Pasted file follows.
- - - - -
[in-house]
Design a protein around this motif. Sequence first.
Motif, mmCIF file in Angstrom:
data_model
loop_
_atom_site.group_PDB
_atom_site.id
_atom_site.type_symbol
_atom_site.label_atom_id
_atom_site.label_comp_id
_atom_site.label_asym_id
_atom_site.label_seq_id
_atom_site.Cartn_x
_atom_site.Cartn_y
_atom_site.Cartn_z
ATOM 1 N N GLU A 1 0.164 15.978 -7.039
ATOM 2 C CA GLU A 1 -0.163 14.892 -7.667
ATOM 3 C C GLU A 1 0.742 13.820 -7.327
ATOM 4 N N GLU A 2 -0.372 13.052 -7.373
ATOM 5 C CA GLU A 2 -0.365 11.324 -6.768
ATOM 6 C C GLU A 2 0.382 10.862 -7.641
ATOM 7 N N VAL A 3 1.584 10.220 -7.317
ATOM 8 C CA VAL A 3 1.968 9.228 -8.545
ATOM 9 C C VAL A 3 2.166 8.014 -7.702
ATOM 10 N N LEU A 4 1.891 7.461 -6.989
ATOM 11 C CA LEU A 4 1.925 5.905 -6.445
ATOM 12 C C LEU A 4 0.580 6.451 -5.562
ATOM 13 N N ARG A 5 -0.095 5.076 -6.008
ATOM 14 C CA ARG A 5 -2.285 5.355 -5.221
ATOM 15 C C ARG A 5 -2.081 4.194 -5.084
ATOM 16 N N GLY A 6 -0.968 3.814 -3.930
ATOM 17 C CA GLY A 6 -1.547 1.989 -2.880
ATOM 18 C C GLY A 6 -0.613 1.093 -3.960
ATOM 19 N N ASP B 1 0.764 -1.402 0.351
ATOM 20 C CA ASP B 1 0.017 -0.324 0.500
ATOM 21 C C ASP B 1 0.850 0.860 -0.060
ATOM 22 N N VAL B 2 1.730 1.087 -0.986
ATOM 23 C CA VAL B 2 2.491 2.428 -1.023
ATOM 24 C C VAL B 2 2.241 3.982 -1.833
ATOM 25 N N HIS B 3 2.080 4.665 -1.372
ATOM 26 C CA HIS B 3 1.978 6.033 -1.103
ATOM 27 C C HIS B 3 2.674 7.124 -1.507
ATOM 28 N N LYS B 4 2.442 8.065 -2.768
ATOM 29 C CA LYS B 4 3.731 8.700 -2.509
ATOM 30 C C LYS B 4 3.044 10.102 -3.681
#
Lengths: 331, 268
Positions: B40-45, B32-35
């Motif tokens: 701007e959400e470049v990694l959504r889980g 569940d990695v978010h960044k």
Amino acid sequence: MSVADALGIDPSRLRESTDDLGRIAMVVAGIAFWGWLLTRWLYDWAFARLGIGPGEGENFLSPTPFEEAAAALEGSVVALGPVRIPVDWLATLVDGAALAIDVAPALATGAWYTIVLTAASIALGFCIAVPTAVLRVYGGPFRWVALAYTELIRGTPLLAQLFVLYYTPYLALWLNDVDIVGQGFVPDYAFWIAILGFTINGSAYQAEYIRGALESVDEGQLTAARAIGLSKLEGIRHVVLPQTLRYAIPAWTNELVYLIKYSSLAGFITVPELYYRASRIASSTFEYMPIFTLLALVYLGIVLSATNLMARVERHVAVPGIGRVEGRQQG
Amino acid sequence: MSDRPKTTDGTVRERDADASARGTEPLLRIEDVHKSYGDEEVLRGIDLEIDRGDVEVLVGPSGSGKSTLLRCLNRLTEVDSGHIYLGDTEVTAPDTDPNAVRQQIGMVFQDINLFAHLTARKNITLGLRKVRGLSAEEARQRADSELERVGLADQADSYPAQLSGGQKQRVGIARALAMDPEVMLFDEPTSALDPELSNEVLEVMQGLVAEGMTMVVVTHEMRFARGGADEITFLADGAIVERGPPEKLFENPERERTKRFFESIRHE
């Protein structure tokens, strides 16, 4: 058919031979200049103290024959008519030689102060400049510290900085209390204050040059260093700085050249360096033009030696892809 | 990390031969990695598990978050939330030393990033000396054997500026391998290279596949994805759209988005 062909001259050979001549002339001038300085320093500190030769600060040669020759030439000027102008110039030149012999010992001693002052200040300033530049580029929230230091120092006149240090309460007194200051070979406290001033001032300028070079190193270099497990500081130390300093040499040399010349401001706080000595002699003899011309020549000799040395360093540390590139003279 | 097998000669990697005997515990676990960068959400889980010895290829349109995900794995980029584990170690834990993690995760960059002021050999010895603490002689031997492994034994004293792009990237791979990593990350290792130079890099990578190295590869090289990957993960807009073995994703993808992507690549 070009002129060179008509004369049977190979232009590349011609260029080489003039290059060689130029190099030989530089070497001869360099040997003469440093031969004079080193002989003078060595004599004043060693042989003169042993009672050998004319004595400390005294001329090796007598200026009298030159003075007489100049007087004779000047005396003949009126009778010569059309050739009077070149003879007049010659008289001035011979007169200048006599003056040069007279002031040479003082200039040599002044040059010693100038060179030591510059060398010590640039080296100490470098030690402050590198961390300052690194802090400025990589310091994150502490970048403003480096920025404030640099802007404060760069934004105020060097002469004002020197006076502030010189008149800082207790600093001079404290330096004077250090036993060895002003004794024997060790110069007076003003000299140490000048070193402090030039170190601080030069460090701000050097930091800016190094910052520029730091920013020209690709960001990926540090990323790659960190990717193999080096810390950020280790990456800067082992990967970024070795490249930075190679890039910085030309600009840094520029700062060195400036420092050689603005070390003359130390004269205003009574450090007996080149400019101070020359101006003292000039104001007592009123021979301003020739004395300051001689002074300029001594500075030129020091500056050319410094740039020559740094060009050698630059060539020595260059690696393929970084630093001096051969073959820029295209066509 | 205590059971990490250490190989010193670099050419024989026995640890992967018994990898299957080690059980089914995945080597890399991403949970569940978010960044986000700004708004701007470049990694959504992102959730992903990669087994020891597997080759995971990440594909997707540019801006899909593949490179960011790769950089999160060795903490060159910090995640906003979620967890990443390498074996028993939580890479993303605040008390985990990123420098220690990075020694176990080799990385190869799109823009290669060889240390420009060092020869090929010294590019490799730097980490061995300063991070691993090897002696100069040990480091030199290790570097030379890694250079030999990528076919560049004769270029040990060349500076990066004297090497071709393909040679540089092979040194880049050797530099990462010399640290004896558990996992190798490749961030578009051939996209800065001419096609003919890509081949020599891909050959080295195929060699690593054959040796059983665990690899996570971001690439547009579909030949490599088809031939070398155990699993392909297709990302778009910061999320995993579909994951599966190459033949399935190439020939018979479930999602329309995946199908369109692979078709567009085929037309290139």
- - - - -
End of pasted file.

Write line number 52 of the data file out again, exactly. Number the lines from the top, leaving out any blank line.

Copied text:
């Protein structure tokens, strides 16, 4: 058919031979200049103290024959008519030689102060400049510290900085209390204050040059260093700085050249360096033009030696892809 | 990390031969990695598990978050939330030393990033000396054997500026391998290279596949994805759209988005 062909001259050979001549002339001038300085320093500190030769600060040669020759030439000027102008110039030149012999010992001693002052200040300033530049580029929230230091120092006149240090309460007194200051070979406290001033001032300028070079190193270099497990500081130390300093040499040399010349401001706080000595002699003899011309020549000799040395360093540390590139003279 | 097998000669990697005997515990676990960068959400889980010895290829349109995900794995980029584990170690834990993690995760960059002021050999010895603490002689031997492994034994004293792009990237791979990593990350290792130079890099990578190295590869090289990957993960807009073995994703993808992507690549 070009002129060179008509004369049977190979232009590349011609260029080489003039290059060689130029190099030989530089070497001869360099040997003469440093031969004079080193002989003078060595004599004043060693042989003169042993009672050998004319004595400390005294001329090796007598200026009298030159003075007489100049007087004779000047005396003949009126009778010569059309050739009077070149003879007049010659008289001035011979007169200048006599003056040069007279002031040479003082200039040599002044040059010693100038060179030591510059060398010590640039080296100490470098030690402050590198961390300052690194802090400025990589310091994150502490970048403003480096920025404030640099802007404060760069934004105020060097002469004002020197006076502030010189008149800082207790600093001079404290330096004077250090036993060895002003004794024997060790110069007076003003000299140490000048070193402090030039170190601080030069460090701000050097930091800016190094910052520029730091920013020209690709960001990926540090990323790659960190990717193999080096810390950020280790990456800067082992990967970024070795490249930075190679890039910085030309600009840094520029700062060195400036420092050689603005070390003359130390004269205003009574450090007996080149400019101070020359101006003292000039104001007592009123021979301003020739004395300051001689002074300029001594500075030129020091500056050319410094740039020559740094060009050698630059060539020595260059690696393929970084630093001096051969073959820029295209066509 | 205590059971990490250490190989010193670099050419024989026995640890992967018994990898299957080690059980089914995945080597890399991403949970569940978010960044986000700004708004701007470049990694959504992102959730992903990669087994020891597997080759995971990440594909997707540019801006899909593949490179960011790769950089999160060795903490060159910090995640906003979620967890990443390498074996028993939580890479993303605040008390985990990123420098220690990075020694176990080799990385190869799109823009290669060889240390420009060092020869090929010294590019490799730097980490061995300063991070691993090897002696100069040990480091030199290790570097030379890694250079030999990528076919560049004769270029040990060349500076990066004297090497071709393909040679540089092979040194880049050797530099990462010399640290004896558990996992190798490749961030578009051939996209800065001419096609003919890509081949020599891909050959080295195929060699690593054959040796059983665990690899996570971001690439547009579909030949490599088809031939070398155990699993392909297709990302778009910061999320995993579909994951599966190459033949399935190439020939018979479930999602329309995946199908369109692979078709567009085929037309290139």